The elementary property valuation error; http://www.independent.ie/opinion/letters/bubble-values-3034584.html

John What the f**k? You keep posting this old-news BS (so what?!…we are in a different world right now), without any forward view it seems (are you purely a trying-to-be property historian?….). Have you a brain /idea in your head that can address, potentially, a way forward?

Move on. Use your head….and help. Join this world.

@ Dork
Trying to understand that. Is EU money supply showing the same? (with all that oil usage contraction, reduction in sale of cars and rolling stock, etc).

Thanks.

Paul

@ Dork
What’s on my mind is how markets are likely to move given what’s going on. It’s chaotic of course. However, V Barrett asked yesterday whether one should short oil for instance? Suppose you need to make such a daily decision…..

Then there is euro fx, etc, etc.

I would be very interested in whether you could (more concretely) translate your analysis to a ‘forward basis’…your provision of current stats is fascinating (the Italy and Spain oil consumption charts from yesterday were ‘awesome’). How does your forward translation work /look?

More bluntly, you have say Euro 1,000 (or even better, say Euro 100k of your own money) to invest and need to perform…you may lose all /go hungry otherwise (I trust not). How do you generate say [10]% pa (?) return in this world? Or even,how would you protect capital value? Open floor. Go anywhere you want or need to go.

Oh…the company /you have max. 6 months’ savings /buffer.

Part of this is how does Ireland /you invest Euro 1,000 /Euro 100k and help itself /yourself?

Open floor to anyone else also. I myself have no answers here….but this the kind of situation business is really facing every day. No choice….but make a decision.

@Tull 11:28

” No doubt some one will suggest defaulting on bank debt and then borrowing from the markets. Well they markets might wait to see the resulting legal action before helping us out. ”

There would relief from the markets with respect for common sense and wonder we did not go down this path earlier in spite of objections from Frankfurt. ITs a capitalist path proven time over time most recently in the case of Iceland.

We would finally get to play our debt writedown card. Legal action would be built on the principle of ability to pay. IT would not be built on the principle of acquiring a further loan to pay back debt when clearly the first loan is unpayable.

Its quite simple. The experiment with the euro simply hasn’t worked. The experiment with euro bailout has been a fail. Maybe we can rejoin at a later stage if the euro is built again as a viable concern. The euro right now does not have stability going for it, its in deep crisis and its days are numbered.

Its time to go. Hanging in there at 120% + debt/gdp without debt writedown, hoping for a further bailout from ESM, to pay back the first bailout that has failed,
with all the added legal and austerity conditionality, is both reckless and mindless.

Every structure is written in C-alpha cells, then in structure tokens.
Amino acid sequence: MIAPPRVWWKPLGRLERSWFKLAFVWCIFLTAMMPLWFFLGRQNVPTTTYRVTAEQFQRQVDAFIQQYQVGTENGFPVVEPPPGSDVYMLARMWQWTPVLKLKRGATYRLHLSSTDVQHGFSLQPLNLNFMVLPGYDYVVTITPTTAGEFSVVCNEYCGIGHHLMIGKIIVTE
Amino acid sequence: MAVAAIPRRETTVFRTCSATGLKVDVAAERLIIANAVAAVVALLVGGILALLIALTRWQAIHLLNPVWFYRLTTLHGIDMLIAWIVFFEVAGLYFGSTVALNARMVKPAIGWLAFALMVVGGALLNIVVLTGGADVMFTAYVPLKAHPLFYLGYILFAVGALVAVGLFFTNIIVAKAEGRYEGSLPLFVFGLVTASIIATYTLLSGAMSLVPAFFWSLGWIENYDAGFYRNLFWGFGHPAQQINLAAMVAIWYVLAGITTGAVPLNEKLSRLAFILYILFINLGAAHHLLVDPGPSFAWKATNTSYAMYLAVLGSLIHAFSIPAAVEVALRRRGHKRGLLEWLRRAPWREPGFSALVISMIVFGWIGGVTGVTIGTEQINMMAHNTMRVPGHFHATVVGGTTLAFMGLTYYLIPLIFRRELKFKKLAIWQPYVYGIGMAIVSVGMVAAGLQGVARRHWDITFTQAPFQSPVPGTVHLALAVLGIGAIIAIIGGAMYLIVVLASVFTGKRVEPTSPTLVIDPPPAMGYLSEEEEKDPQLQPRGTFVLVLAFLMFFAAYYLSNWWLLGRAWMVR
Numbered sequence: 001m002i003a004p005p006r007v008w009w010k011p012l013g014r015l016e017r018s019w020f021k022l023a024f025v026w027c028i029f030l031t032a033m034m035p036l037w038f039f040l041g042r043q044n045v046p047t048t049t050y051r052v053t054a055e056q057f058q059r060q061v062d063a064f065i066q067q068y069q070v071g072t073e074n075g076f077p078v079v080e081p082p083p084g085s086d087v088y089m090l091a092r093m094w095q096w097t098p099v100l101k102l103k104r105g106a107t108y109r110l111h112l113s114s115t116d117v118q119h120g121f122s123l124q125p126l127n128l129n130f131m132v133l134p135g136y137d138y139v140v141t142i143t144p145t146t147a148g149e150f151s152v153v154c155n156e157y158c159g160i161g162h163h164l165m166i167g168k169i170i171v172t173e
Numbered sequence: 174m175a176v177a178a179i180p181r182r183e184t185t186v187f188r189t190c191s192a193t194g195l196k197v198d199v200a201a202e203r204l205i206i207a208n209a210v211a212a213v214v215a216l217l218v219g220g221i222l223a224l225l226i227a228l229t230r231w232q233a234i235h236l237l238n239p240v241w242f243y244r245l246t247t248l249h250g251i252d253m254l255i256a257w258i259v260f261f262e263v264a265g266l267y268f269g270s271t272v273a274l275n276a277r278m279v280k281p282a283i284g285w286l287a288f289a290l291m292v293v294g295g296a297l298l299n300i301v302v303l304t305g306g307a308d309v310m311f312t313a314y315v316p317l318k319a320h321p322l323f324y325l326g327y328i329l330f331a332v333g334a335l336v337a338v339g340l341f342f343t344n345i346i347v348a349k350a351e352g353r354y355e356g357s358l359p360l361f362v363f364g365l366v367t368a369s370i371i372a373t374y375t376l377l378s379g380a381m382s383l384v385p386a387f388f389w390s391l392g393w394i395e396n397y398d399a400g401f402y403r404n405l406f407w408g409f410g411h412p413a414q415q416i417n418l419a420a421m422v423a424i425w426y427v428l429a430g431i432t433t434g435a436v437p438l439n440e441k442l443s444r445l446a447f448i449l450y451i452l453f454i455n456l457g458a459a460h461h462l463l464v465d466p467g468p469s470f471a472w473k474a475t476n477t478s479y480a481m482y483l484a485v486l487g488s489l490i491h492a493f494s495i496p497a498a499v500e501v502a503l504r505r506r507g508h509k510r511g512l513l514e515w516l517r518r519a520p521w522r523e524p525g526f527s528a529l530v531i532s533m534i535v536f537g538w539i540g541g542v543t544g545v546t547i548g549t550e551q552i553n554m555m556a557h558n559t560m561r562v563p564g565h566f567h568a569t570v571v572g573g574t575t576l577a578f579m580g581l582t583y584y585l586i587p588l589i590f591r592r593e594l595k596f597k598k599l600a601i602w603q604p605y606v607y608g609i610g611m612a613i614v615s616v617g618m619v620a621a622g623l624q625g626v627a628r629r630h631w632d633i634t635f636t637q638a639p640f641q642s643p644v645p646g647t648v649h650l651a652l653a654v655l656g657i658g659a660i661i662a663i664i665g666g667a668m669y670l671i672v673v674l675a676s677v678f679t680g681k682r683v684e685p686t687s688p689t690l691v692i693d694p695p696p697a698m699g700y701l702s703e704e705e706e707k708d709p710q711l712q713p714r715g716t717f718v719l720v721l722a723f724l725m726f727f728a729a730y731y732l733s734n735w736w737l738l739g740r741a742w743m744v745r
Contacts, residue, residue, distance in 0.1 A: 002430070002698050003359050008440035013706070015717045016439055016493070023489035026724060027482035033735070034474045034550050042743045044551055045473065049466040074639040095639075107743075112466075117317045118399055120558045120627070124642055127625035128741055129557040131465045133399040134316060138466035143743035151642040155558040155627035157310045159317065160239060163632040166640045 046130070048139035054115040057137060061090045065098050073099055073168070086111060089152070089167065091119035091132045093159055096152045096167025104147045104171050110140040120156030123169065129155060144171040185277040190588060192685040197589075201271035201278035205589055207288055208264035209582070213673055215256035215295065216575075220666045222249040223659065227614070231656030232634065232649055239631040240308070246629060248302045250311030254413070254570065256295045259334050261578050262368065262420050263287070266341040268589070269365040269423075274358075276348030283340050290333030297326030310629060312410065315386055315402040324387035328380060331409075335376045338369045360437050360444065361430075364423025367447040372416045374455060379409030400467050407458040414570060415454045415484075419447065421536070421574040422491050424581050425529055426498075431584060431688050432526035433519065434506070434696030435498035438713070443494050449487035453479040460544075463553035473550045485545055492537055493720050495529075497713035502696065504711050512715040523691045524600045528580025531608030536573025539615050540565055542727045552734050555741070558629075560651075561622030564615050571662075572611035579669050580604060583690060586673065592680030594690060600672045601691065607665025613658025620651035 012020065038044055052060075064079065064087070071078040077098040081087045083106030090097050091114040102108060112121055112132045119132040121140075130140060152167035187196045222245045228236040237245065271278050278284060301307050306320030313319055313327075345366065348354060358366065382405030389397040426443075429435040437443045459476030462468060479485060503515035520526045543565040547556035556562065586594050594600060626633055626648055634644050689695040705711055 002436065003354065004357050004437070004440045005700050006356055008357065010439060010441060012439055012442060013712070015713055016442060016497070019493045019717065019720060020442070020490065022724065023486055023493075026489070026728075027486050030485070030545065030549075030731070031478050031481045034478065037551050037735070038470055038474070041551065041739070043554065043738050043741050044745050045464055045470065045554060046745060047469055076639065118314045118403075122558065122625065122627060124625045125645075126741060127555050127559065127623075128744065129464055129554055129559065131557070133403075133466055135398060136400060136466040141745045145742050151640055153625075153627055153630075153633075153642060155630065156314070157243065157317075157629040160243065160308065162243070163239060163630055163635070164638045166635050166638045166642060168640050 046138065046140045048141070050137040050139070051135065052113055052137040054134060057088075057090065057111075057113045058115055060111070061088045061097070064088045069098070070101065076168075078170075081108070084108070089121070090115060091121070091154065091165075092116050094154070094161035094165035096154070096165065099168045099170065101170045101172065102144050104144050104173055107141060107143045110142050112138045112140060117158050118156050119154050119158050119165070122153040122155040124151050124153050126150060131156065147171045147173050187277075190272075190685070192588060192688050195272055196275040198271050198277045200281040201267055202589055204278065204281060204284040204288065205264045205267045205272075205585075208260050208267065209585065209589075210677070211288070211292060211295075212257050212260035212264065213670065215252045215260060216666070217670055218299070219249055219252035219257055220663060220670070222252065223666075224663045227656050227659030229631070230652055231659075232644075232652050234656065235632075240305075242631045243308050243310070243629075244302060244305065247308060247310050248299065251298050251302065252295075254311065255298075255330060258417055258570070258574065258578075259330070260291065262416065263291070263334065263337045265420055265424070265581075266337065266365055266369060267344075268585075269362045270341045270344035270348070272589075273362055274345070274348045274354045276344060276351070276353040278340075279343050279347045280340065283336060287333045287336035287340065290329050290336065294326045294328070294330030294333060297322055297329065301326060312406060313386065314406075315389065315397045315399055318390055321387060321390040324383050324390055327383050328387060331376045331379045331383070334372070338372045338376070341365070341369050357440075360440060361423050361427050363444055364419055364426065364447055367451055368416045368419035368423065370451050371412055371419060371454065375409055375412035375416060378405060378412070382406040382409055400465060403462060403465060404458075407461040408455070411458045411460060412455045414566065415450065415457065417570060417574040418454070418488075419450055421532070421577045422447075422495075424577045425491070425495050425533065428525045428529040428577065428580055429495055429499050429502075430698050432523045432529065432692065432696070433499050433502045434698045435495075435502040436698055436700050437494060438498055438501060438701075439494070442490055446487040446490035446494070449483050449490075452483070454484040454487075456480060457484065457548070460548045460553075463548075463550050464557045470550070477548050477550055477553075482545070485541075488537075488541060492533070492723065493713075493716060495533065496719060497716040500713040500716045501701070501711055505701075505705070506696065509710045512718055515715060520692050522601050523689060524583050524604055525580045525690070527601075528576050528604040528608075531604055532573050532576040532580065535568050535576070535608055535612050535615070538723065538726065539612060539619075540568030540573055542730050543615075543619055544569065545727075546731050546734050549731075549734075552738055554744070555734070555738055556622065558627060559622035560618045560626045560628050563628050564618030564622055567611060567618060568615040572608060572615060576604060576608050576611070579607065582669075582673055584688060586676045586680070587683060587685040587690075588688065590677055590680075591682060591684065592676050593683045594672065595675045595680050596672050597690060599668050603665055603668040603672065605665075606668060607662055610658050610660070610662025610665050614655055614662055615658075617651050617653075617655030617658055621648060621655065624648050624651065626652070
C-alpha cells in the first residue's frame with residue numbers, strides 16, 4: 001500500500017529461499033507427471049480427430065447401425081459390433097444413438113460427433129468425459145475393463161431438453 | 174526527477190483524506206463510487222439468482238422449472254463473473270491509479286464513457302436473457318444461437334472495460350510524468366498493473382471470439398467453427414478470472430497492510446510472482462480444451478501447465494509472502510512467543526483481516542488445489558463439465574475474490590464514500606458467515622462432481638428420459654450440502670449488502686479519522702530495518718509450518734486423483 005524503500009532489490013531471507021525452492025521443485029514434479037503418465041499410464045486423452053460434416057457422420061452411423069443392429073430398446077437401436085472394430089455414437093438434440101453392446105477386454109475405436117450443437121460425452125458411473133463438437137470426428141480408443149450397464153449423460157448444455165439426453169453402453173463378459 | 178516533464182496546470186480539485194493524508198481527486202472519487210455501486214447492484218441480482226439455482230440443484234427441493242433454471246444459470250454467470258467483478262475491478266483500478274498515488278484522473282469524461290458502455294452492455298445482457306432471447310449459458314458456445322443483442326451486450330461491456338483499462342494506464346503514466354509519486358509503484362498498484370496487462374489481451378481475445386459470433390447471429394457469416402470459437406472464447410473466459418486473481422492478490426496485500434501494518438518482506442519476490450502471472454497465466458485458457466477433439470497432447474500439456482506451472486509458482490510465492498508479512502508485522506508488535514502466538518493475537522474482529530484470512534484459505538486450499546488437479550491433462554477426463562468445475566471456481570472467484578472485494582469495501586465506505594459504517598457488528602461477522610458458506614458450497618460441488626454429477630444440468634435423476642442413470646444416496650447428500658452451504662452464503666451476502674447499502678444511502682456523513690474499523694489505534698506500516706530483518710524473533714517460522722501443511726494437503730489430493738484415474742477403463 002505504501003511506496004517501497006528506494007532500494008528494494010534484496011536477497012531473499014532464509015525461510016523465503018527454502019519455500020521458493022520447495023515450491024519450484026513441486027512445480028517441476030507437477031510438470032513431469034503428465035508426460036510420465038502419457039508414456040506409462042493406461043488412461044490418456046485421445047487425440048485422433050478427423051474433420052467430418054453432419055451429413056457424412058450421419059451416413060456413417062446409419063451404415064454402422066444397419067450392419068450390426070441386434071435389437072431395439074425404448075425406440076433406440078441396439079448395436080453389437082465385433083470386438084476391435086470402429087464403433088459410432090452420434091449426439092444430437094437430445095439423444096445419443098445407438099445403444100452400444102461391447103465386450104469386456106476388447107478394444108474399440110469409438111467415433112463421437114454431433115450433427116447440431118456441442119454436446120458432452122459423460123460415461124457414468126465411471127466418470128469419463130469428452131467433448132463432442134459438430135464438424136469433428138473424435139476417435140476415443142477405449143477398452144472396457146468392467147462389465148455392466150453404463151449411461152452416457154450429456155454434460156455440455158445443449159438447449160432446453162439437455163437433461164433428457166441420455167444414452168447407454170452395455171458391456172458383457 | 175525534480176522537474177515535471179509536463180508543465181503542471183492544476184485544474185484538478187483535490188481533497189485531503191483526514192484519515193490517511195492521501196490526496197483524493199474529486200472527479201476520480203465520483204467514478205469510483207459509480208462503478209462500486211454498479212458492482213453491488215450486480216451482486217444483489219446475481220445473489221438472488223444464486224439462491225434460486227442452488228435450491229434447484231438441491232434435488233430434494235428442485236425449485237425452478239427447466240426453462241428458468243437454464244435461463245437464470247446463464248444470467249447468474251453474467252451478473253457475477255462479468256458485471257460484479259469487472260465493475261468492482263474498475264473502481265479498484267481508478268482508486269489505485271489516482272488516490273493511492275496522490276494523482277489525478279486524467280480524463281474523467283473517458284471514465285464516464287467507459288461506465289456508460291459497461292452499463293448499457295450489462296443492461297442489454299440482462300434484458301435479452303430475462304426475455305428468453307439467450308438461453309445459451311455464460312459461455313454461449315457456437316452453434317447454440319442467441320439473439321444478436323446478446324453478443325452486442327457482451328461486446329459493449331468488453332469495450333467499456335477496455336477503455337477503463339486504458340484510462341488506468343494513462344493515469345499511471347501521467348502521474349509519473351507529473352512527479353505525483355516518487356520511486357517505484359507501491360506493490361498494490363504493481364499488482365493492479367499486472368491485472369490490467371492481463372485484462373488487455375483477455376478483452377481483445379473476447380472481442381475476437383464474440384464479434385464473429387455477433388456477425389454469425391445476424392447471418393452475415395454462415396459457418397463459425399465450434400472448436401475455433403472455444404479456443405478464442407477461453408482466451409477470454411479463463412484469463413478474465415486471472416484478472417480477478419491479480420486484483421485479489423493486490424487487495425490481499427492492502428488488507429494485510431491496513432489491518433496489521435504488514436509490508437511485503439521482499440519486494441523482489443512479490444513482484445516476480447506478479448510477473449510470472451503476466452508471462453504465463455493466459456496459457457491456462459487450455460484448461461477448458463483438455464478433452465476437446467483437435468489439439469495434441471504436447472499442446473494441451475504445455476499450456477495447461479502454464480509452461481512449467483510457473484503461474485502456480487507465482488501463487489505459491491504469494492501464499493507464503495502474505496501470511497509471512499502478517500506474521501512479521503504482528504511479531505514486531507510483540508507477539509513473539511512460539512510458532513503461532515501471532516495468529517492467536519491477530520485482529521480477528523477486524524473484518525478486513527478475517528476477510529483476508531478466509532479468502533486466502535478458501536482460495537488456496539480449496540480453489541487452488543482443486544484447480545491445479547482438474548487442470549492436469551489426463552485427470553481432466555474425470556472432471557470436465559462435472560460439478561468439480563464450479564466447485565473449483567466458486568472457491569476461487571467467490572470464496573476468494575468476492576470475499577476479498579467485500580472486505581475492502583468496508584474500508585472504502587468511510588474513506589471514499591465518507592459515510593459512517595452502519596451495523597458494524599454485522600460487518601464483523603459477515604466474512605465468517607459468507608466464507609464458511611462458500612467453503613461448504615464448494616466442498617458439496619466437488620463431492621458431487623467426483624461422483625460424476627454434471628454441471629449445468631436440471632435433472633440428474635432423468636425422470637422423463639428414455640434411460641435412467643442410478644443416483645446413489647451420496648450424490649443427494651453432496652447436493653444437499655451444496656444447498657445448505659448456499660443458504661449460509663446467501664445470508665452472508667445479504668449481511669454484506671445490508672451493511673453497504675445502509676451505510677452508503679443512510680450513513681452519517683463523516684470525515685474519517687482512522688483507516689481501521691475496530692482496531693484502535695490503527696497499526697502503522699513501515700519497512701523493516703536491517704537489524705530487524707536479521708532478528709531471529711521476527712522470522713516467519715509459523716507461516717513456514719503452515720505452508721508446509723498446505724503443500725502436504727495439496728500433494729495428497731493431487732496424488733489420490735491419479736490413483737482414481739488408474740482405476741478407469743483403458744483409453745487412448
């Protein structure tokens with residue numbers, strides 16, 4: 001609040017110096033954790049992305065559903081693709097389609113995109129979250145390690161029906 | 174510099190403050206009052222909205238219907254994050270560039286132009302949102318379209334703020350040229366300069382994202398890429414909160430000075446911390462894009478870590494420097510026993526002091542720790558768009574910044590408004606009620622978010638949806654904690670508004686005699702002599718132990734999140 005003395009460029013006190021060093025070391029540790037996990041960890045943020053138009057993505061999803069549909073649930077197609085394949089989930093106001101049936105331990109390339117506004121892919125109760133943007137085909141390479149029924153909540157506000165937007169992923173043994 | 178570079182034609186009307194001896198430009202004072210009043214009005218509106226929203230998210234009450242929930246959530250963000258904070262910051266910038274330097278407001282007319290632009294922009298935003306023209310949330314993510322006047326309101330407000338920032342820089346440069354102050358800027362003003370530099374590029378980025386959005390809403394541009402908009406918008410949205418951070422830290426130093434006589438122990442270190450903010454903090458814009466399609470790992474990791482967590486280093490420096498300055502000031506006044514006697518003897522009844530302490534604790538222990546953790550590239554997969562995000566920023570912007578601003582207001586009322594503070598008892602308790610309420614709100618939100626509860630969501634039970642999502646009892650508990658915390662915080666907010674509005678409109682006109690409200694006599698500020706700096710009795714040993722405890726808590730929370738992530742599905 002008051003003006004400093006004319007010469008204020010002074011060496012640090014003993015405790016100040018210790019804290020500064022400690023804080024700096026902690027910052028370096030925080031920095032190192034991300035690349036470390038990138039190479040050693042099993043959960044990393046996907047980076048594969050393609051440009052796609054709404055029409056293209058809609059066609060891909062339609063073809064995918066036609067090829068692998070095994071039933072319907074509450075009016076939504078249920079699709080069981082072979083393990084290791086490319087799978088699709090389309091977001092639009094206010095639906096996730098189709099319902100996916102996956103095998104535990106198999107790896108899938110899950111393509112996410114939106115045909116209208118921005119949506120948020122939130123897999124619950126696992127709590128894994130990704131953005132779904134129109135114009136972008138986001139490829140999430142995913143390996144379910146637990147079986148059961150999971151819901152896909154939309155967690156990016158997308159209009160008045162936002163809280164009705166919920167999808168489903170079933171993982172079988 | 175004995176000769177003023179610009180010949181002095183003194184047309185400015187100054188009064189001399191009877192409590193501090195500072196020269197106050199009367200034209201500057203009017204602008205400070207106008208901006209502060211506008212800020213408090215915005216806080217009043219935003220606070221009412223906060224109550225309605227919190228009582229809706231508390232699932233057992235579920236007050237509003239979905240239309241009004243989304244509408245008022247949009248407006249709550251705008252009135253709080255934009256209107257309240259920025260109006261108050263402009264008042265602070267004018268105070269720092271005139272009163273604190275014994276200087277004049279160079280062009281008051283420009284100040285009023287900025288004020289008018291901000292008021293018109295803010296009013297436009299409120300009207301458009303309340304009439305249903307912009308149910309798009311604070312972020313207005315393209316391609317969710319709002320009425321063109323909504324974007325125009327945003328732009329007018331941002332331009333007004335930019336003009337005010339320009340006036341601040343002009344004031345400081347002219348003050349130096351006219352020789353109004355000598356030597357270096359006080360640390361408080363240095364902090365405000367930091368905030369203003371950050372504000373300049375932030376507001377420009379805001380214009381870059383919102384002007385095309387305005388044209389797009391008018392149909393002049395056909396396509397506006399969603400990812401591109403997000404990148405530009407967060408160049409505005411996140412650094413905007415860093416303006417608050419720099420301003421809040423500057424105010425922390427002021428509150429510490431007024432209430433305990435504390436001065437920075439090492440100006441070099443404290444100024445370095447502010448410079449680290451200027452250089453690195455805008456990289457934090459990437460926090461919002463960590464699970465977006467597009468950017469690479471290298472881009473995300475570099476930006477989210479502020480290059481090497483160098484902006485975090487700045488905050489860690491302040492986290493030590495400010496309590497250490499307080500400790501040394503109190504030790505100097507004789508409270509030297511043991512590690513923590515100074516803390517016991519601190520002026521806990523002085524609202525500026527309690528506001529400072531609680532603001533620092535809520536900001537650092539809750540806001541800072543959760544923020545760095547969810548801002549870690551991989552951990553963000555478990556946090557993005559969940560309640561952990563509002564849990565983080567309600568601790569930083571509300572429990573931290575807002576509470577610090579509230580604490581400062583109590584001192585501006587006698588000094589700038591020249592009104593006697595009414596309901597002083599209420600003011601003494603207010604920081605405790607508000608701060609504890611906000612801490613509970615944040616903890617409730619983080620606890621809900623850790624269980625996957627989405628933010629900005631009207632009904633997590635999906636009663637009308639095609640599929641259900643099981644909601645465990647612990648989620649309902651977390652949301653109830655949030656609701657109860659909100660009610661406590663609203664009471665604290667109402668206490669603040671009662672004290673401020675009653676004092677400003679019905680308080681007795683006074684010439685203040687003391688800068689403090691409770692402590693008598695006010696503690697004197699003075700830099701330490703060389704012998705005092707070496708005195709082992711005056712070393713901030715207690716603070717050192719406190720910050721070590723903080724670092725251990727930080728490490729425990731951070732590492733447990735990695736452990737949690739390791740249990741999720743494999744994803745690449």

International courts will give us a less embarrassing deal than we’ve got so far from the Troika, which, in spite of the prospects of a No vote, has not sweetened on our odious ELA/PN debt obligations.

They want every penny extracted out of here that they can get their hands on. FG/LB unwilling to face reality and blinded by fairy tales and fantasy, are leading the Irish horse to the ESM glue factory.

Good song from Sweden, I hope we can remain members of the EU, but outside the euro.

@ Colm

I am not sure about these polls?

Meanwhile, the EU is frozen in the headlights once again as they wait for yet another election in Greece, the problem festers. What result are they hoping for in Greece? That a pro bailout coalition will be elected and that they will be able to impose impossible austerity measures, collect Greek taxes and bring the capital, and bank deposits that have fled the country? So their best case scenario is impossible, implausible and totally unrealistic

For years, they have avoided letting banks in Europe go bust by letting states go bust instead.. They denied they were insolvent, then did a series of bogus “stress tests” which amounted to nothing more than illegal cover-up’s for false trading. Now, the truth can no longer be denied and the truth is that the EZ is a busted flush and beyond repair. Ireland’s marching of it’s electorate out to vote for another bailout is window dressing that will become irrelevant but it will hasten the end game of default.

This ESM if it comes about will indeed prove to be the “bailout” that will totally sink the country and I am glad to report that all the usual suspects are on board, many with happy go lucky, student type economic theories and formulae based on 4% + growth complete with beggar thy children attitudes so that the pretense of successful lifestyles can be subsidised for another year or two.

@Paul W
(I am not into investment advice, I am a but a Dork)
But in my opinion if “they” don’t change the international monetary system to a final settlement system then all remaining value will flow to the $…the reserve currency.
All reserve currency systems , even the classical Gold standard was in reality the Sterling exchange standard…..in the final anylasis it will flow to the superpower of the day.
http://www.youtube.com/watch?v=uyyGTZMUAtE

The question is always who will be the superpower of tomorrow.